Polish president rejects existence of CIA prisons in Poland

Polish President Aleksander Kwasniewski reiterated Wednesday that his country has never hosted any CIA prison, again rejecting allegations that the U.S. set up secret jails in Poland. "There are no such prisons or such prisoners on Polish territory," Kwasniewski said on Radio Zet. In recent weeks, Kwasniewski has also denied that there ever have been secret CIA prisons in Poland, saying on Nov. 28 that "there never have been" such secret jails in the country.

The renewed denials come after ABC News reported Monday night that two secret CIA prisons in eastern Europe were closed last month and 11 al-Qaida suspects were transferred to a facility in North Africa.

The report, which ABC attributed to current and former CIA officers who spoke on condition of anonymity, said the prisons were shut down after Human Rights Watch said it had evidence suggesting such facilities existed in Romania and Poland.

Kwasniewski recognized Wednesday that Polish and American intelligence services cooperate, but said their work respects the law.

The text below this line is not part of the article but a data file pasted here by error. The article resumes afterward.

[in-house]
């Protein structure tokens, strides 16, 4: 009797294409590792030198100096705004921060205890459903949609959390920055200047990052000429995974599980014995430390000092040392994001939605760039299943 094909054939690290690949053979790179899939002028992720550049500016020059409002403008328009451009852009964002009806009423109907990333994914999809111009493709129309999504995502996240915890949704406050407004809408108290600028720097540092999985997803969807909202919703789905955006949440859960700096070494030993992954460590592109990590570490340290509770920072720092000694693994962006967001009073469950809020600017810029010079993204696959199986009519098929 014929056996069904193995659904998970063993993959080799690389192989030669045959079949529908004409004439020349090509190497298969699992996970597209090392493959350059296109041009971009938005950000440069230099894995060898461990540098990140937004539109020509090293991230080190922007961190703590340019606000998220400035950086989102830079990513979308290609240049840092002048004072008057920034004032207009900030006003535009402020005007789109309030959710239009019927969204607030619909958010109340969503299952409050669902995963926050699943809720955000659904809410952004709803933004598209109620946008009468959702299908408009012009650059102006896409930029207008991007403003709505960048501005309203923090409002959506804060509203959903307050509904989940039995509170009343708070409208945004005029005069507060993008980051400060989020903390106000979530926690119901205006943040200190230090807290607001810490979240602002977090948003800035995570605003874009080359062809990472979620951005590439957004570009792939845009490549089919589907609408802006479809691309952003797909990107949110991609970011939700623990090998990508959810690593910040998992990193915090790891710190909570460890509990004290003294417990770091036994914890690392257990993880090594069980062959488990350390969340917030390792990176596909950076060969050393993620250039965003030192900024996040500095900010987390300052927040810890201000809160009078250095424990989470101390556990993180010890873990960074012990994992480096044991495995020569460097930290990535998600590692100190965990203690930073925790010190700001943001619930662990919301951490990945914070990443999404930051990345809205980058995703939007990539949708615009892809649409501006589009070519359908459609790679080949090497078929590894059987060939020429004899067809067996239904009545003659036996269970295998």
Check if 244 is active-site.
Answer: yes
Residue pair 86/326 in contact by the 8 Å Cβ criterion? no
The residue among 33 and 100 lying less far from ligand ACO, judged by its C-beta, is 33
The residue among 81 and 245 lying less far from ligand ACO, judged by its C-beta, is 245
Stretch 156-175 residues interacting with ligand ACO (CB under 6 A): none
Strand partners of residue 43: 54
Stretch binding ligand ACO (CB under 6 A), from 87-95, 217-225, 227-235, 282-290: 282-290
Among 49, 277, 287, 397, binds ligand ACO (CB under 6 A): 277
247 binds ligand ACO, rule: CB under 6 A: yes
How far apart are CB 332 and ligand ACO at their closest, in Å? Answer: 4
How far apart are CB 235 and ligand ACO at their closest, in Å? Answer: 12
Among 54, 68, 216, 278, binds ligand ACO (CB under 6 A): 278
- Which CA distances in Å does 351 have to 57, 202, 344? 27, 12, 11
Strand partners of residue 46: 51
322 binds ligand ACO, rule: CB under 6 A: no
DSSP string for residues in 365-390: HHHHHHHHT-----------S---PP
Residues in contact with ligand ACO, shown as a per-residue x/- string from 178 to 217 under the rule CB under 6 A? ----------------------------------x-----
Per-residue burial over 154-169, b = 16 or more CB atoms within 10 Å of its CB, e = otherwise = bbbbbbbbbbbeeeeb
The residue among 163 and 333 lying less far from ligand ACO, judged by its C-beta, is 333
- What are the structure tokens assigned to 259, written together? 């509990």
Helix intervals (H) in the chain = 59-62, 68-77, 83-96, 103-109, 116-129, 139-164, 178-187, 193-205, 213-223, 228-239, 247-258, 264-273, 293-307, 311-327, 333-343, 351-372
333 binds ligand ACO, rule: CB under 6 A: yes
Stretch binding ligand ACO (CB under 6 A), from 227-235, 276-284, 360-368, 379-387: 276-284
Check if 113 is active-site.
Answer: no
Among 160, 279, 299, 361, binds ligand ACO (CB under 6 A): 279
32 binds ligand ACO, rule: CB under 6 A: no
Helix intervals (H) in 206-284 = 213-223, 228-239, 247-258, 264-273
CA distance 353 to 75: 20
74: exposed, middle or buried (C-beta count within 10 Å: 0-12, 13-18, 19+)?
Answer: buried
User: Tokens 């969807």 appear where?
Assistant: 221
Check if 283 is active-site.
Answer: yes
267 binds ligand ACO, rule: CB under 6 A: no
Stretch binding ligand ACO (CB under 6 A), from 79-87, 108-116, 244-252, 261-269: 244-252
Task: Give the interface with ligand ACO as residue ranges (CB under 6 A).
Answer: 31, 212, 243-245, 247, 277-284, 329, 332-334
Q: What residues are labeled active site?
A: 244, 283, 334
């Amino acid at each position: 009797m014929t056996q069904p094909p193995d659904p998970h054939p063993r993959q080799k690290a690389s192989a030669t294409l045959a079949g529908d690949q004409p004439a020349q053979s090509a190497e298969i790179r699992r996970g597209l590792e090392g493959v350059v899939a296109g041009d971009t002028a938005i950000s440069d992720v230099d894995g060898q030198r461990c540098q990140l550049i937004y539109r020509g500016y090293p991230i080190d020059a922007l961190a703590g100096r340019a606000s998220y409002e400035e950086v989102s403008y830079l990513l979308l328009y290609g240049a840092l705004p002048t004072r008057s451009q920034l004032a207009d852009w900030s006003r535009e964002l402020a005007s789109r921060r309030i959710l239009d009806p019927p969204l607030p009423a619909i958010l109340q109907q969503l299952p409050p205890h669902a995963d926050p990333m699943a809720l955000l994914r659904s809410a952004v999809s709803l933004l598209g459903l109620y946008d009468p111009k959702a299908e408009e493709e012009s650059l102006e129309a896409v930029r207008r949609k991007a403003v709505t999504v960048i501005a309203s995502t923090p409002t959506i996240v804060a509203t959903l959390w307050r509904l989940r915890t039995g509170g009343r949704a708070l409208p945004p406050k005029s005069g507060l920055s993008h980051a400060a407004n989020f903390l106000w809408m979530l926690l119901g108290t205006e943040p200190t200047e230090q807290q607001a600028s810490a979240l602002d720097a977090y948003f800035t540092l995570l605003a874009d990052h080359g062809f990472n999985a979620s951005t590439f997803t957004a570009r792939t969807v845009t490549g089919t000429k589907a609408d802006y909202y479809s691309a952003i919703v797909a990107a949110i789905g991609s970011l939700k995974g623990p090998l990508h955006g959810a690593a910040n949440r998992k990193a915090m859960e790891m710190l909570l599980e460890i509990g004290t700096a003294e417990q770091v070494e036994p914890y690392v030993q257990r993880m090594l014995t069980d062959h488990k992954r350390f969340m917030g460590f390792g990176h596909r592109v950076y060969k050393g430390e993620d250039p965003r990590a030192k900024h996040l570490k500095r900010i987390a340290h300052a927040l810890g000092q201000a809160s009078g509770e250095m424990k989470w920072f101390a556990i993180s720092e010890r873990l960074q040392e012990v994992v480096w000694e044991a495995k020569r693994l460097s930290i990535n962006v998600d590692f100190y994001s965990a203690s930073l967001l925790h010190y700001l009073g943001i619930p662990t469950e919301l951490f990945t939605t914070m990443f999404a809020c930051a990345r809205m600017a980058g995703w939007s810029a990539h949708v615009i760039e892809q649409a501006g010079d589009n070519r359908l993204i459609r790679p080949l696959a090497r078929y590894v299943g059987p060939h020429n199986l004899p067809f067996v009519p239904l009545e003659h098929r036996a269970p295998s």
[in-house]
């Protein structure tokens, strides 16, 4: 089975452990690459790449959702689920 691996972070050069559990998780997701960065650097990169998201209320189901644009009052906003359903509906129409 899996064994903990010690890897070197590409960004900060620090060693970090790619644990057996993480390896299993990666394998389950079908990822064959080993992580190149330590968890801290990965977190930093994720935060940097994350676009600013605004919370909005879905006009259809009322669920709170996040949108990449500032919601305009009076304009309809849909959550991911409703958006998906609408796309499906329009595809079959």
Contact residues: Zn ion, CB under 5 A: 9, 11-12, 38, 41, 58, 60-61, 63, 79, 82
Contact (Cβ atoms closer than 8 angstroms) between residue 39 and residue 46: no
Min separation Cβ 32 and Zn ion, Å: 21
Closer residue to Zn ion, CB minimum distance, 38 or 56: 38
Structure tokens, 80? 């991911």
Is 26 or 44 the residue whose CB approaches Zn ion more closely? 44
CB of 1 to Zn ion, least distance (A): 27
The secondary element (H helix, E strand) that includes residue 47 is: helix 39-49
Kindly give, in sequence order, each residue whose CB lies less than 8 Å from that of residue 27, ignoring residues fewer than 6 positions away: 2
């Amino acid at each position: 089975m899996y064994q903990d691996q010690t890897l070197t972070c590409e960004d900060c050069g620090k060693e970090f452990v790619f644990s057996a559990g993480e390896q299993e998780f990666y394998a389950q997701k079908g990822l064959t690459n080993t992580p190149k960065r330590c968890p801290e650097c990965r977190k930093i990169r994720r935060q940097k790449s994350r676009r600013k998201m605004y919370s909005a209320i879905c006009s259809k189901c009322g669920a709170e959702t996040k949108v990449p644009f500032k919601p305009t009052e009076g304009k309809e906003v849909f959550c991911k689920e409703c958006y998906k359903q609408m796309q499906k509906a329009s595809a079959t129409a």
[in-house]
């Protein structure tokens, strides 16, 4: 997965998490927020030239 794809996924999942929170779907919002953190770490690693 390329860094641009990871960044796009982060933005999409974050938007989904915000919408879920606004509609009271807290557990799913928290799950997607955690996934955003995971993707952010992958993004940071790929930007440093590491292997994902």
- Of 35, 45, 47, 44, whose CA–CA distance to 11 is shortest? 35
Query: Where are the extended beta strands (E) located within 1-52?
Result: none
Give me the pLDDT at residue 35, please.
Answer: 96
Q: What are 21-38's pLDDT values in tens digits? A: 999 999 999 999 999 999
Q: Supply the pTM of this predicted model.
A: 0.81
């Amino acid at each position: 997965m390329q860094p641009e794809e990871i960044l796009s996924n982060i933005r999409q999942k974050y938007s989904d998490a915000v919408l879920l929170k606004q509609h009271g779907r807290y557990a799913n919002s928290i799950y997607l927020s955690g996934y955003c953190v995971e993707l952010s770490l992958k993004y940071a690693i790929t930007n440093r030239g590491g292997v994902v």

"There is intelligence cooperation of which, due to the nature of the thing, even we at the highest levels of power don't know the details of. But I'm certain that in the framework of this intelligence cooperation everything takes place in agreement with the law."

Also the official in charge of the intelligence services, Zbigniew Wassermann, was quoted by the PAP news agency as saying there is "nothing to confirm the news reports," that CIA could have held suspects on Polish territory, reports the AP. I.L.

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